|Published by NetAction||Issue No. 59||August 14, 2000|
By Joshua Dimon, NetAction Intern
It seems as though the Internet gold rush has finally expanded into the realm of charitable and nonprofit organizations. Interest in this previously unexploited sector of web audiences has prompted increasing numbers of .com's to specialize or expand into nonprofit markets. The services they offer range from credit card processing and donor research to organizational development and management training. These .com companies see potential financial benefits in providing new services and opportunities to nonprofit organizations -- many of which have been rather deficient in web infrastructure and development.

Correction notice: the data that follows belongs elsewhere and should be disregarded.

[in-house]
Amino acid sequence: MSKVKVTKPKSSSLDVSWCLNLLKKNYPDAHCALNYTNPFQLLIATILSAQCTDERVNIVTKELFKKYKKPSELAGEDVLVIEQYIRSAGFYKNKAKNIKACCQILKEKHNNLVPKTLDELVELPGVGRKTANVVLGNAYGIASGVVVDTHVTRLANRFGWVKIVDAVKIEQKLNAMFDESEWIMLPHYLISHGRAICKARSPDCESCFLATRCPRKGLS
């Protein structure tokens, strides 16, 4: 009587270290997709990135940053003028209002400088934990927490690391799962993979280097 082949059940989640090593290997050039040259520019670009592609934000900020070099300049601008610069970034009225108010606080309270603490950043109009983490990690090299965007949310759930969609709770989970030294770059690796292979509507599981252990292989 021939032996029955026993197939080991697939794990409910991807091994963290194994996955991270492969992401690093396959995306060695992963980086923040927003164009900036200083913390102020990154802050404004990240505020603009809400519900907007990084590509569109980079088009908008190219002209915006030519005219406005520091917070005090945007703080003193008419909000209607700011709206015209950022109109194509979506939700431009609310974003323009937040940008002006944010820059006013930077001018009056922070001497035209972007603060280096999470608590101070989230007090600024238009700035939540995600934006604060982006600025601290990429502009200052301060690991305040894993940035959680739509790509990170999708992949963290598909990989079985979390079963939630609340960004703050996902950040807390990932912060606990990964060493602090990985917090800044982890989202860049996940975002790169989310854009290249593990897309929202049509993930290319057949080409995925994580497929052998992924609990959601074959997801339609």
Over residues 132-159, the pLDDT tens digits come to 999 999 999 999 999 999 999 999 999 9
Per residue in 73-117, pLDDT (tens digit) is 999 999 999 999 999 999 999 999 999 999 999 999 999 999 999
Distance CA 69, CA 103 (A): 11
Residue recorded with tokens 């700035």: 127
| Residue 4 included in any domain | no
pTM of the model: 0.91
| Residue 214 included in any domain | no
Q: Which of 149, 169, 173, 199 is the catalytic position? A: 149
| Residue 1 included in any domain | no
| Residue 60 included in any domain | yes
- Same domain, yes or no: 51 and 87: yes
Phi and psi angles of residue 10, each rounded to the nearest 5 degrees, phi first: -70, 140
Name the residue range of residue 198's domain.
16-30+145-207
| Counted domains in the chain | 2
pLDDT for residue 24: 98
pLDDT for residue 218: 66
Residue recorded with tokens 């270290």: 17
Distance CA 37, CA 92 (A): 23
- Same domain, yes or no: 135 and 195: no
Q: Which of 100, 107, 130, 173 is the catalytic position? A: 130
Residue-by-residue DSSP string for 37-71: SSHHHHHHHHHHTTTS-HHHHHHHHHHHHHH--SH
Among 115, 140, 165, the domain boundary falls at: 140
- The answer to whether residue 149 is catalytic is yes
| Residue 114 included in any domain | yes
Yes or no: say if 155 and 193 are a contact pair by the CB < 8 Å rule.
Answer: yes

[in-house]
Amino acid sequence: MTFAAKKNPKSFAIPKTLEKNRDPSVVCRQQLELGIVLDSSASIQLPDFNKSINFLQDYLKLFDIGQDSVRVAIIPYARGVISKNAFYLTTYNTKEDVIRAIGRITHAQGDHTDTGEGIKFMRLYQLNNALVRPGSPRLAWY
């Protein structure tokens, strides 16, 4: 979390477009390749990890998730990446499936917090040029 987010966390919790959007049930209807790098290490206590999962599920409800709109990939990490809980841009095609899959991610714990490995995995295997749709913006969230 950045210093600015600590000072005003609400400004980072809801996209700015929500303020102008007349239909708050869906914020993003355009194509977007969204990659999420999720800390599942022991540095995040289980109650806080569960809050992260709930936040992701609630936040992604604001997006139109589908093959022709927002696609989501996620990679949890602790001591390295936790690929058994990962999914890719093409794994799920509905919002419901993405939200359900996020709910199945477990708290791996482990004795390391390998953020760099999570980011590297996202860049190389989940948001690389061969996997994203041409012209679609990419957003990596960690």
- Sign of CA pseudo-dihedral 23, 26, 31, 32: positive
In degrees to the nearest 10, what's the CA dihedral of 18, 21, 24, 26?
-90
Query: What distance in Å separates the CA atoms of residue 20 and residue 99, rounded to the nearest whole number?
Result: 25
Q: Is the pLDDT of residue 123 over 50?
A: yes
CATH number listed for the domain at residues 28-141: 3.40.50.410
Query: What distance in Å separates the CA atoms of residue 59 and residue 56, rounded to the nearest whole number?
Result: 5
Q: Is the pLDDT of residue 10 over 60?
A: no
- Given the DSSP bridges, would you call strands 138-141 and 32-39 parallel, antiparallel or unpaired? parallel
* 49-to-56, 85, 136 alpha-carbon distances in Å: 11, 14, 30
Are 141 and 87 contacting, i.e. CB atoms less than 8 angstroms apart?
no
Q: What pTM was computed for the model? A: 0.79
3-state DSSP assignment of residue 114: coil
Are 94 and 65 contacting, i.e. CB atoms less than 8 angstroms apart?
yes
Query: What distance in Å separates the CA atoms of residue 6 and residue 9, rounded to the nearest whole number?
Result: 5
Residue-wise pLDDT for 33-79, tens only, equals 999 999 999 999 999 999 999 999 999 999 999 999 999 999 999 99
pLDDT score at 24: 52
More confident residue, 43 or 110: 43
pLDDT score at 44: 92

If your organization is looking for assistance with technology, finances, management, volunteers or outreach, a good place to start searching for useful .com help would be at one of the many nonprofit sites that you may be familiar with already. Many nonprofit web sites will have links to organizations and services that have helped them. This is an excellent place to start looking if you do not have a resource list of your own. One site that has a large list of resources for nonprofit organizations is Action Without Borders (http://www.idealist.org/browse/cons_prog/categories.html). Another place to look is the search engine sites. For example, Yahoo has a list of nonprofit resources at http://dir.yahoo.com/Society_and_Culture/Issues_and_Causes/Philanthropy/Nonprofit_Resources/.
We have more to say about some of these resources below.